Section: Diverse Ideas and People
(For an explanation of the acronym PDP, click here.)
I think it’s strange how, sometimes, the things we expect to change us the least end up changing us the most.
I’d like to preface this entry by giving credit to my inspiration from back home, Logan Scholz, for being the reason why I was so ecstatic to have the chance to experience RHPS live. She’s always put one hundred and twelve percent into her get-ups, and has done so with an inspiringly unapologetic confidence. In the relatively conservative community we’re from, that takes more guts than were under the table during the dinner scene. Not only does she make an effort to fully experience all the events she attends (Grand Rapids Comic-Con, RHPS, etc.) but she’s constantly pushing her own limits of what she deems as an expression of herself – – whether it’s in fashion, cosmetics, or art. She’s the one who made me aware of the fact that live-action showings of the show are actually quite common and don’t only happen in books like The Perks of Being a Wallflower. So, Logan, I don’t think for a second that this event would have had such an intense effect on me had I not learned what this meant to you, and have you to thank for the growth that I allowed myself to make.
The supplemented live-action Rocky Horror nights spanned from Thursday, October 27, to Saturday, October 29. On Friday, which was the first night I went (yes, you read that right), I attended the eight o’clock show with other Personal-Development-Project-goers. I had no idea what to expect out of their garb, much less the audience unaffiliated with our group, and I therefore decided to play it a little on the ‘safer’ side by slipping on some old lace tights that had ripped in probably the worst ways you can imagine, knee high socks with frill, a leather skirt, a black lace bra, a cardigan, and a fluffy white coat to help keep me warm on our mile walk as a horde from campus to the theatre. I looked like a prostitute (sorry, mom… PSA: there’s going to be a lot of sorry, mom, in this post, so, once again, sorry mom). I had also wrongly decided that my feet could handle walking a mile in severely restrictive shoes, so about two blocks into the walk, I unzipped
my three-inch heels and walked the rest of the way in my socks, hoping to the Divine that nobody had partied hard enough at seven at night to break any glass on the sidewalk.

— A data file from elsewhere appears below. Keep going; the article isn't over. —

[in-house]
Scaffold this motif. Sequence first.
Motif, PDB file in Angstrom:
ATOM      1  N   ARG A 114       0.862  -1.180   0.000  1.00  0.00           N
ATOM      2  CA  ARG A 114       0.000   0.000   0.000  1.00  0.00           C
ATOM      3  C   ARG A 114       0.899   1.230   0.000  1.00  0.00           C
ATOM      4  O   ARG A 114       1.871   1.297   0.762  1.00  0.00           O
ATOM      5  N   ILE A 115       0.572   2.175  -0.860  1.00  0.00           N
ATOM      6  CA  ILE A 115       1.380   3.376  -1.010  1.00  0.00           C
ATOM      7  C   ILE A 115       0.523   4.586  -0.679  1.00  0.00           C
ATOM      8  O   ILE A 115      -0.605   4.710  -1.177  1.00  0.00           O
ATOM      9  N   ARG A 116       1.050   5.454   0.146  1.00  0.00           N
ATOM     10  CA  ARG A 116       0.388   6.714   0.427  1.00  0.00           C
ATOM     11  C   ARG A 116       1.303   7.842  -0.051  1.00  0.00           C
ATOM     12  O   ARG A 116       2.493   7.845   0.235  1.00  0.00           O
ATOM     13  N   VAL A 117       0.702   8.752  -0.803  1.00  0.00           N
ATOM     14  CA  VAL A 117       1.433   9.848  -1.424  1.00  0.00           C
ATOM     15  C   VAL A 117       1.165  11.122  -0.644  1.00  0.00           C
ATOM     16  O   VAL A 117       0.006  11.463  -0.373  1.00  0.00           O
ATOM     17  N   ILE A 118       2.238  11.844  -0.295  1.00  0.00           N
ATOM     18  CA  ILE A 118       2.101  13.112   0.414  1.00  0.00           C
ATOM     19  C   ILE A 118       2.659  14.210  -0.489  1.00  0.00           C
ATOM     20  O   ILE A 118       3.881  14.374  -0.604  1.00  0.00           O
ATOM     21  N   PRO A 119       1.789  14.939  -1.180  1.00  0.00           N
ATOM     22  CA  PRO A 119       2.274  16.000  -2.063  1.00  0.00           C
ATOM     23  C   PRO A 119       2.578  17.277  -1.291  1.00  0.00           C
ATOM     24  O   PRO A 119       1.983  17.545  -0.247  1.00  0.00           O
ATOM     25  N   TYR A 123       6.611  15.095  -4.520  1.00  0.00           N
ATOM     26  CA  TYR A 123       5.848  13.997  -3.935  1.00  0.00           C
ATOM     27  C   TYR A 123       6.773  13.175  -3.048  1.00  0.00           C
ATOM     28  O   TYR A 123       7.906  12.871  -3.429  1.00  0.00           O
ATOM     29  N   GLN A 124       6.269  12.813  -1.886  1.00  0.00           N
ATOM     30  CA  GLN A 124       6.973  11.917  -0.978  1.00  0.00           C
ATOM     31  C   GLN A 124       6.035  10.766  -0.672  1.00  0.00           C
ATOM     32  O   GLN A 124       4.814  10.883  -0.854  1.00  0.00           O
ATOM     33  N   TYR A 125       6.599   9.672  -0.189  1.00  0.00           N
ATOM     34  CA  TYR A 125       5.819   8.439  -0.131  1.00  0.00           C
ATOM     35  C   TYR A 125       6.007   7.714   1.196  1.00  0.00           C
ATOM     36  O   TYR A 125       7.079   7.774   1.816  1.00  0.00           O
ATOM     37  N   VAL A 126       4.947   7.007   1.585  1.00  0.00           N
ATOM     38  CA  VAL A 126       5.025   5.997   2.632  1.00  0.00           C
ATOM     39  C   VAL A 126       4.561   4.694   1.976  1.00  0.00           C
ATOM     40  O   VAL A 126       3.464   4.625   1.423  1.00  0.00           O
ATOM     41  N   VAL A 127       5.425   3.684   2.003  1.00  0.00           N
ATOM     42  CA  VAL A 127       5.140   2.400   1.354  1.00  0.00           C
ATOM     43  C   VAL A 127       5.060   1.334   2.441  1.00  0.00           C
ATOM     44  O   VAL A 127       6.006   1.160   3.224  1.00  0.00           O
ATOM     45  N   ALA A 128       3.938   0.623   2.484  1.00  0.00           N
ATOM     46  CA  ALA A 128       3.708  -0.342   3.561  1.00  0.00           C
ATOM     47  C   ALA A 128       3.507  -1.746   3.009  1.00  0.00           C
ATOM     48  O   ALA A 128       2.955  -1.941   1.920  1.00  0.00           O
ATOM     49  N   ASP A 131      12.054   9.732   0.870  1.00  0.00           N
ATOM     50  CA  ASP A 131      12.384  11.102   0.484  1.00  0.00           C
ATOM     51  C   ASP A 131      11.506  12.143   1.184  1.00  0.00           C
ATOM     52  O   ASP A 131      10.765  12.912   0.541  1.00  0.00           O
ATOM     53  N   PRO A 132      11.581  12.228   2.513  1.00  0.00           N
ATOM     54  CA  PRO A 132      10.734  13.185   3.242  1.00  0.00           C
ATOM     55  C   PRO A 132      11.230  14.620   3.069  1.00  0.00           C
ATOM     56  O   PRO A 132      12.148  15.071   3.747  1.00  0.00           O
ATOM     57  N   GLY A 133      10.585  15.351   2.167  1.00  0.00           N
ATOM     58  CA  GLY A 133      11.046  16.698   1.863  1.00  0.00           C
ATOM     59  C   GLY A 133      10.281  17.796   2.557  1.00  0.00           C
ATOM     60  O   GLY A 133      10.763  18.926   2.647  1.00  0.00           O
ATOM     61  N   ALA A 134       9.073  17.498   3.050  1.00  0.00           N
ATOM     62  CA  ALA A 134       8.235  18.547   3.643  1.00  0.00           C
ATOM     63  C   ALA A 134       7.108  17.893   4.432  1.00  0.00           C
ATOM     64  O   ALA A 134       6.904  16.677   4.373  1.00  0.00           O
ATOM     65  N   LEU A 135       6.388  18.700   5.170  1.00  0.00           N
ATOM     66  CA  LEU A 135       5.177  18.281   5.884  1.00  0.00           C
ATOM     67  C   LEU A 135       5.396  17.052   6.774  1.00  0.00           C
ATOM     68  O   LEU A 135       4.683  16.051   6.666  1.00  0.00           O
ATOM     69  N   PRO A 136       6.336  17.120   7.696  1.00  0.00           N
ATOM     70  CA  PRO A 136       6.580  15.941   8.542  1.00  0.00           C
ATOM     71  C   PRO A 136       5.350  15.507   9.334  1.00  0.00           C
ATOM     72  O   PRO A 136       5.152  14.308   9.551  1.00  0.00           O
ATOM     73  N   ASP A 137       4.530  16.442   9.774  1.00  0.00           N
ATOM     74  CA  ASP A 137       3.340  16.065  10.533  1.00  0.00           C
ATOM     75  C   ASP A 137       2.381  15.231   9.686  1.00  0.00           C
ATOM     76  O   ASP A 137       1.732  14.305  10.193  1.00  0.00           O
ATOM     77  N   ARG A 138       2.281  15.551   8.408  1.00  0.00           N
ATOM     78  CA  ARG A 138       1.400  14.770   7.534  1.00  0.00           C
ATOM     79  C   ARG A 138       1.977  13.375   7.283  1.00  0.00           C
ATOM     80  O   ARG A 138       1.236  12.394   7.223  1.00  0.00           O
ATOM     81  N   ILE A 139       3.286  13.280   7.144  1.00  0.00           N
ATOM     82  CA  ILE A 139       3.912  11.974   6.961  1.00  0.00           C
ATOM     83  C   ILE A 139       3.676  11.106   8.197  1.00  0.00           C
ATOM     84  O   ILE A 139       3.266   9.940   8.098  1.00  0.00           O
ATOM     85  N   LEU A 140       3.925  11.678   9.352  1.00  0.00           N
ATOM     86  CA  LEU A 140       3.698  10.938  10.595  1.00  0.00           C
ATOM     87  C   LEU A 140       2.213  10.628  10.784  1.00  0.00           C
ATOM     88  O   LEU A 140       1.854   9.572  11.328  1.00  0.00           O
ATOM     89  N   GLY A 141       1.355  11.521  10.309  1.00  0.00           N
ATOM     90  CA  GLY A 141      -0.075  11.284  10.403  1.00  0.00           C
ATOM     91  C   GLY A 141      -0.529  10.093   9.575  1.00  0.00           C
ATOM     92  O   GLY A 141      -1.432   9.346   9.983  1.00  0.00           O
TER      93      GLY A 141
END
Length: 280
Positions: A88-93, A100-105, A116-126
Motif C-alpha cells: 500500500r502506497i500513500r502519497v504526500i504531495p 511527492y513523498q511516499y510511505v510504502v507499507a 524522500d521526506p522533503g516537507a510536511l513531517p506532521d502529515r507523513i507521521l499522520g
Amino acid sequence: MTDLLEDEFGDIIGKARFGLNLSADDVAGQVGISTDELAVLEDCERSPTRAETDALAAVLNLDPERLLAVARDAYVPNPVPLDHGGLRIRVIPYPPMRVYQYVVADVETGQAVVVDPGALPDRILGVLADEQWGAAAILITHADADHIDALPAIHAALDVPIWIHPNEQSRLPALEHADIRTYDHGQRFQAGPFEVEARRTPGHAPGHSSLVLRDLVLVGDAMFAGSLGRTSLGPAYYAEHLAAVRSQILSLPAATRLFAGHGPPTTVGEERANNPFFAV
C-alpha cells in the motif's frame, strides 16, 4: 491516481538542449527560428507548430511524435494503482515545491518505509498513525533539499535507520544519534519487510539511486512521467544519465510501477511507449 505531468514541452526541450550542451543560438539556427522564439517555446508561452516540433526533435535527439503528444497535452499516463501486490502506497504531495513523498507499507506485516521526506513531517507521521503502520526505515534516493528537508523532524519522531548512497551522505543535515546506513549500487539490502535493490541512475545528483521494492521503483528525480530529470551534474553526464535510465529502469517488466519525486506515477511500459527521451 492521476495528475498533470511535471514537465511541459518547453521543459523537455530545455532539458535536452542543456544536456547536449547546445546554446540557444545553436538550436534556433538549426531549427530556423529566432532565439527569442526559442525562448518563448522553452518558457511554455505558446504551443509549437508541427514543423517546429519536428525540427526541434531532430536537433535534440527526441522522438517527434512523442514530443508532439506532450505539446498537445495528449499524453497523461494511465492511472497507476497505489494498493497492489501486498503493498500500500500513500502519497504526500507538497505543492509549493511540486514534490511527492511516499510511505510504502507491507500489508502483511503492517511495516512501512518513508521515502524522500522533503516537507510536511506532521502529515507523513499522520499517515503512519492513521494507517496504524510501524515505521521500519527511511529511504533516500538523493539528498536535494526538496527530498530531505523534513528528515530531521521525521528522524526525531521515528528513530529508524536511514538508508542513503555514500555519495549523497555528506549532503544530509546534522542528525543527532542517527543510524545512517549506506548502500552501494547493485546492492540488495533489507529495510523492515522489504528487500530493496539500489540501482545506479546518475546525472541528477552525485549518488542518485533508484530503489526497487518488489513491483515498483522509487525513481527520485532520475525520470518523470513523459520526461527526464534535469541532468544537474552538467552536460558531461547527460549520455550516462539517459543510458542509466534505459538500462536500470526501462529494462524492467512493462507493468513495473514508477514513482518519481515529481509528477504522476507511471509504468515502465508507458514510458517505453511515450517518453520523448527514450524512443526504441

Once we arrived at the theatre, some PDP’ers filed into the lobby in order to sign up for the costume contest. At that point, I had no idea what to expect, so I sat that one out. I was already planning on attending the last showing at midnight on Saturday, so I was viewing this experience as an experimental pre-game – – test the waters, see what happens, and react the next day as I deemed fit.
The show opened with the costume contest, and as I saw my acquaintances and friends step onto the stage, whether they were in drag, heavy makeup, steampunk, or (as you can see below) nearly nothing, I was smiling ear to ear, because no matter their reason for dressing up and dressing out, they were comfortable with themselves. If they were expressing a new facet of themselves, they were comfortable. If they were pushing themselves farther towards confidence, they were comfortable. If they were just there for the extremity and flamboyancy of it all, they. were. comfortable.
Now, the unexpected development came into play the moment the movie began. I was definitely expecting a raunchy, cuss-word drenched performance by both the shadow actors and the audience, but I was not expecting that much of a raunchy, cuss-word drenched performance by both the shadow actors and the audience. In all honesty, I was personally offended at first by the absolute disregard people had for the characters and was slightly miffed that I couldn’t follow the story amidst the call-outs, having only seen the film once before, but I began to catch on that it that was kind of the point; that bonding with the characters and the plot (ha) wasn’t really what was important – – it was bonding with the audience. It was the creation of an environment for what society deems as strange to be appreciated and normalized in a safe space.
After I slipped on a card as I exited my chair, I left the theatre with rice in my hair, rice in my bra, toast stuck to my coat, and more rice in other places we aren’t going to talk about. I believed myself to be pretty open-minded before this event, but even if I was before, I am more so now. I’ll rehash the experience of the second go-round in a supplementary post, since it wasn’t a part of my PDP event, but that show affected me similarly, due to the fact I knew what was coming and had the ability to participate. Now, if you’ll excuse me, I have another post to bring to you. I hope you can manage the antici – –